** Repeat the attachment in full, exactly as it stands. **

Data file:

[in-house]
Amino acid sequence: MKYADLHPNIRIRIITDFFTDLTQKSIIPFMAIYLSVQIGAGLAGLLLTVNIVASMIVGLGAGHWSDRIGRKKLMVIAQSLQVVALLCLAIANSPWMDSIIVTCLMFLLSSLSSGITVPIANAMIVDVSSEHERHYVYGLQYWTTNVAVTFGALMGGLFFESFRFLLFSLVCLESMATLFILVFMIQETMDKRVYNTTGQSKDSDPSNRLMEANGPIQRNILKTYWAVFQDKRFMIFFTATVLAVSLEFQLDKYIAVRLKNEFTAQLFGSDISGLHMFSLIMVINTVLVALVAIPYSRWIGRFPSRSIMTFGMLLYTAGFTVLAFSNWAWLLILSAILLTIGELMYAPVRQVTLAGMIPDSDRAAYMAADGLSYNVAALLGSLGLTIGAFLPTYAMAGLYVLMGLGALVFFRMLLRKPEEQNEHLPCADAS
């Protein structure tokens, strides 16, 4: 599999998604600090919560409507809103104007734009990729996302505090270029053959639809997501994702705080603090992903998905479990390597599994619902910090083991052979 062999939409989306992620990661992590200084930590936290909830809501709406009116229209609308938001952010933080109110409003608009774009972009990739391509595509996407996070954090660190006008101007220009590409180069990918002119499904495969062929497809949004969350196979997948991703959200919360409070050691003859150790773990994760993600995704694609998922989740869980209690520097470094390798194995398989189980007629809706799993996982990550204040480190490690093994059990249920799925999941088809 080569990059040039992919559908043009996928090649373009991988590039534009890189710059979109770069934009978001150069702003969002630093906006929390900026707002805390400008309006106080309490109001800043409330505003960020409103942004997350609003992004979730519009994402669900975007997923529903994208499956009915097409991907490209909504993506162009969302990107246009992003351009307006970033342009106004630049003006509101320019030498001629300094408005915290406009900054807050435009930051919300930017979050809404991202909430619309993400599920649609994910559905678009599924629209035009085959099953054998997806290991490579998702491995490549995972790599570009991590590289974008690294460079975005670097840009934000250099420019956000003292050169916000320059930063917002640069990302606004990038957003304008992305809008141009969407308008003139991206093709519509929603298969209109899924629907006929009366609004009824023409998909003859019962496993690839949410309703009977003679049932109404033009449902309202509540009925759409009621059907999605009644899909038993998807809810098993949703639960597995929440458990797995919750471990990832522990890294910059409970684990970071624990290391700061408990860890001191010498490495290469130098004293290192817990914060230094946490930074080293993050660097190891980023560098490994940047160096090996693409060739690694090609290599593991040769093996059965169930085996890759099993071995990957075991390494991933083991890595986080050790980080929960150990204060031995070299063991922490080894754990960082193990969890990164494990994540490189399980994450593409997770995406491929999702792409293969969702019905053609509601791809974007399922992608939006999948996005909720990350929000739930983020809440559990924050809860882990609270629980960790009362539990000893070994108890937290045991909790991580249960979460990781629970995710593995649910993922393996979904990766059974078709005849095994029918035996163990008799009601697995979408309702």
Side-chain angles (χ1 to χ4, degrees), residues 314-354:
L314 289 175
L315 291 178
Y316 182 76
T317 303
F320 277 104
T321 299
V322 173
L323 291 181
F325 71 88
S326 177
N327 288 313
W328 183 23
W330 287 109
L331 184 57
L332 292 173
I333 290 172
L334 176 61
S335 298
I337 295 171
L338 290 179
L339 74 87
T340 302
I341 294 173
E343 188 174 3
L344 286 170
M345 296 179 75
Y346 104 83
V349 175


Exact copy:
[in-house]
Amino acid sequence: MKYADLHPNIRIRIITDFFTDLTQKSIIPFMAIYLSVQIGAGLAGLLLTVNIVASMIVGLGAGHWSDRIGRKKLMVIAQSLQVVALLCLAIANSPWMDSIIVTCLMFLLSSLSSGITVPIANAMIVDVSSEHERHYVYGLQYWTTNVAVTFGALMGGLFFESFRFLLFSLVCLESMATLFILVFMIQETMDKRVYNTTGQSKDSDPSNRLMEANGPIQRNILKTYWAVFQDKRFMIFFTATVLAVSLEFQLDKYIAVRLKNEFTAQLFGSDISGLHMFSLIMVINTVLVALVAIPYSRWIGRFPSRSIMTFGMLLYTAGFTVLAFSNWAWLLILSAILLTIGELMYAPVRQVTLAGMIPDSDRAAYMAADGLSYNVAALLGSLGLTIGAFLPTYAMAGLYVLMGLGALVFFRMLLRKPEEQNEHLPCADAS
């Protein structure tokens, strides 16, 4: 599999998604600090919560409507809103104007734009990729996302505090270029053959639809997501994702705080603090992903998905479990390597599994619902910090083991052979 062999939409989306992620990661992590200084930590936290909830809501709406009116229209609308938001952010933080109110409003608009774009972009990739391509595509996407996070954090660190006008101007220009590409180069990918002119499904495969062929497809949004969350196979997948991703959200919360409070050691003859150790773990994760993600995704694609998922989740869980209690520097470094390798194995398989189980007629809706799993996982990550204040480190490690093994059990249920799925999941088809 080569990059040039992919559908043009996928090649373009991988590039534009890189710059979109770069934009978001150069702003969002630093906006929390900026707002805390400008309006106080309490109001800043409330505003960020409103942004997350609003992004979730519009994402669900975007997923529903994208499956009915097409991907490209909504993506162009969302990107246009992003351009307006970033342009106004630049003006509101320019030498001629300094408005915290406009900054807050435009930051919300930017979050809404991202909430619309993400599920649609994910559905678009599924629209035009085959099953054998997806290991490579998702491995490549995972790599570009991590590289974008690294460079975005670097840009934000250099420019956000003292050169916000320059930063917002640069990302606004990038957003304008992305809008141009969407308008003139991206093709519509929603298969209109899924629907006929009366609004009824023409998909003859019962496993690839949410309703009977003679049932109404033009449902309202509540009925759409009621059907999605009644899909038993998807809810098993949703639960597995929440458990797995919750471990990832522990890294910059409970684990970071624990290391700061408990860890001191010498490495290469130098004293290192817990914060230094946490930074080293993050660097190891980023560098490994940047160096090996693409060739690694090609290599593991040769093996059965169930085996890759099993071995990957075991390494991933083991890595986080050790980080929960150990204060031995070299063991922490080894754990960082193990969890990164494990994540490189399980994450593409997770995406491929999702792409293969969702019905053609509601791809974007399922992608939006999948996005909720990350929000739930983020809440559990924050809860882990609270629980960790009362539990000893070994108890937290045991909790991580249960979460990781629970995710593995649910993922393996979904990766059974078709005849095994029918035996163990008799009601697995979408309702």
Side-chain angles (χ1 to χ4, degrees), residues 314-354:
L314 289 175
L315 291 178
Y316 182 76
T317 303
F320 277 104
T321 299
V322 173
L323 291 181
F325 71 88
S326 177
N327 288 313
W328 183 23
W330 287 109
L331 184 57
L332 292 173
I333 290 172
L334 176 61
S335 298
I337 295 171
L338 290 179
L339 74 87
T340 302
I341 294 173
E343 188 174 3
L344 286 170
M345 296 179 75
Y346 104 83
V349 175